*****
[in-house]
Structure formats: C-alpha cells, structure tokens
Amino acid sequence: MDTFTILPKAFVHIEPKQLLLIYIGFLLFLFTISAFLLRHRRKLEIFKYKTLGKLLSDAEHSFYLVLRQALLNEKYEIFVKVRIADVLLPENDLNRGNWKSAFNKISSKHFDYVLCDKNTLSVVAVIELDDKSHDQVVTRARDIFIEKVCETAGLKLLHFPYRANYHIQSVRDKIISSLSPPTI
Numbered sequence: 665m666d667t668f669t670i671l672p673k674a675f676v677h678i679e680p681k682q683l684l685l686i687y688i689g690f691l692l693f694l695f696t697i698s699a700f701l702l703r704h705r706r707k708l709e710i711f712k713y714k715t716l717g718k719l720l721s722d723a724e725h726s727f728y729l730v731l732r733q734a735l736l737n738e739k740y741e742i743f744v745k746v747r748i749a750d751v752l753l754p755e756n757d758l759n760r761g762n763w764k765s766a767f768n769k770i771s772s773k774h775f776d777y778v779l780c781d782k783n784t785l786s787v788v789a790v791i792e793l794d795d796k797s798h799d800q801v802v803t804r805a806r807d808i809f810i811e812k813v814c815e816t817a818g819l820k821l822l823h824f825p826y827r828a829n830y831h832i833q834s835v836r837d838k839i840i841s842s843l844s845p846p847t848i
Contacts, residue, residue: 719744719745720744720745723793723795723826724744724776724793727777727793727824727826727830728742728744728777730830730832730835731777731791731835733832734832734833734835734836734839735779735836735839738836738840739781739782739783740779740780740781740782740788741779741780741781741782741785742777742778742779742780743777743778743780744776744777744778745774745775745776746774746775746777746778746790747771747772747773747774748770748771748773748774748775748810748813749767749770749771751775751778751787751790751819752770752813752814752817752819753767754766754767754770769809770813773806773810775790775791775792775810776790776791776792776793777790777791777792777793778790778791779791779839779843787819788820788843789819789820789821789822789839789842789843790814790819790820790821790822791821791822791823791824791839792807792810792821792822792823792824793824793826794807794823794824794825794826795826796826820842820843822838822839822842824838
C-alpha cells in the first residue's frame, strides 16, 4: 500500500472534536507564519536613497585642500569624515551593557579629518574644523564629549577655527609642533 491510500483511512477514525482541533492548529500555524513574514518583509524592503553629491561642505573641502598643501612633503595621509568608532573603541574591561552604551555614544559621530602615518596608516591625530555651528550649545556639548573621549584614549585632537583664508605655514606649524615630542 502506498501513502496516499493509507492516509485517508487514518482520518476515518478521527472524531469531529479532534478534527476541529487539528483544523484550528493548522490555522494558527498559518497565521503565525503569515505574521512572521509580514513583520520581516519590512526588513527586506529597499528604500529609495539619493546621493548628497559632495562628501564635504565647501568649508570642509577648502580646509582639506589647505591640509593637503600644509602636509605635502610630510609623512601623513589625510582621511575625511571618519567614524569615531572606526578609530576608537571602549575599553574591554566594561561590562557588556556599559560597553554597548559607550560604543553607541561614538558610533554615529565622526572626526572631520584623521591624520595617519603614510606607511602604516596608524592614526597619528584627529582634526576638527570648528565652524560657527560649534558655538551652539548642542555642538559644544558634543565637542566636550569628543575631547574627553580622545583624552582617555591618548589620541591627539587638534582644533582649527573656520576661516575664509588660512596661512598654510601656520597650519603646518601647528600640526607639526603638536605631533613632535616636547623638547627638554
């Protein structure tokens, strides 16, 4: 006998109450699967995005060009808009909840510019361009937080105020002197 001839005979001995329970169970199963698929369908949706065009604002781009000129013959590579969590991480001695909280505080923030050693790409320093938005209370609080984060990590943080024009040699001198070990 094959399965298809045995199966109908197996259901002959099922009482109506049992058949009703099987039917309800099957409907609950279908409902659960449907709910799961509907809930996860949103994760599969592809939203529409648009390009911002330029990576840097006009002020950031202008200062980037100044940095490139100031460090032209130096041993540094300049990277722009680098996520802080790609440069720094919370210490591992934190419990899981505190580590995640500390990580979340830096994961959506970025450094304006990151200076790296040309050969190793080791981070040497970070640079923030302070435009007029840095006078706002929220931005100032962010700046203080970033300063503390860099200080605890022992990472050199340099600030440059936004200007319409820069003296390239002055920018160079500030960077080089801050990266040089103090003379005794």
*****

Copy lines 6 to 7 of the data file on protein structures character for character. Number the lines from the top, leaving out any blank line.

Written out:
C-alpha cells in the first residue's frame, strides 16, 4: 500500500472534536507564519536613497585642500569624515551593557579629518574644523564629549577655527609642533 491510500483511512477514525482541533492548529500555524513574514518583509524592503553629491561642505573641502598643501612633503595621509568608532573603541574591561552604551555614544559621530602615518596608516591625530555651528550649545556639548573621549584614549585632537583664508605655514606649524615630542 502506498501513502496516499493509507492516509485517508487514518482520518476515518478521527472524531469531529479532534478534527476541529487539528483544523484550528493548522490555522494558527498559518497565521503565525503569515505574521512572521509580514513583520520581516519590512526588513527586506529597499528604500529609495539619493546621493548628497559632495562628501564635504565647501568649508570642509577648502580646509582639506589647505591640509593637503600644509602636509605635502610630510609623512601623513589625510582621511575625511571618519567614524569615531572606526578609530576608537571602549575599553574591554566594561561590562557588556556599559560597553554597548559607550560604543553607541561614538558610533554615529565622526572626526572631520584623521591624520595617519603614510606607511602604516596608524592614526597619528584627529582634526576638527570648528565652524560657527560649534558655538551652539548642542555642538559644544558634543565637542566636550569628543575631547574627553580622545583624552582617555591618548589620541591627539587638534582644533582649527573656520576661516575664509588660512596661512598654510601656520597650519603646518601647528600640526607639526603638536605631533613632535616636547623638547627638554
């Protein structure tokens, strides 16, 4: 006998109450699967995005060009808009909840510019361009937080105020002197 001839005979001995329970169970199963698929369908949706065009604002781009000129013959590579969590991480001695909280505080923030050693790409320093938005209370609080984060990590943080024009040699001198070990 094959399965298809045995199966109908197996259901002959099922009482109506049992058949009703099987039917309800099957409907609950279908409902659960449907709910799961509907809930996860949103994760599969592809939203529409648009390009911002330029990576840097006009002020950031202008200062980037100044940095490139100031460090032209130096041993540094300049990277722009680098996520802080790609440069720094919370210490591992934190419990899981505190580590995640500390990580979340830096994961959506970025450094304006990151200076790296040309050969190793080791981070040497970070640079923030302070435009007029840095006078706002929220931005100032962010700046203080970033300063503390860099200080605890022992990472050199340099600030440059936004200007319409820069003296390239002055920018160079500030960077080089801050990266040089103090003379005794």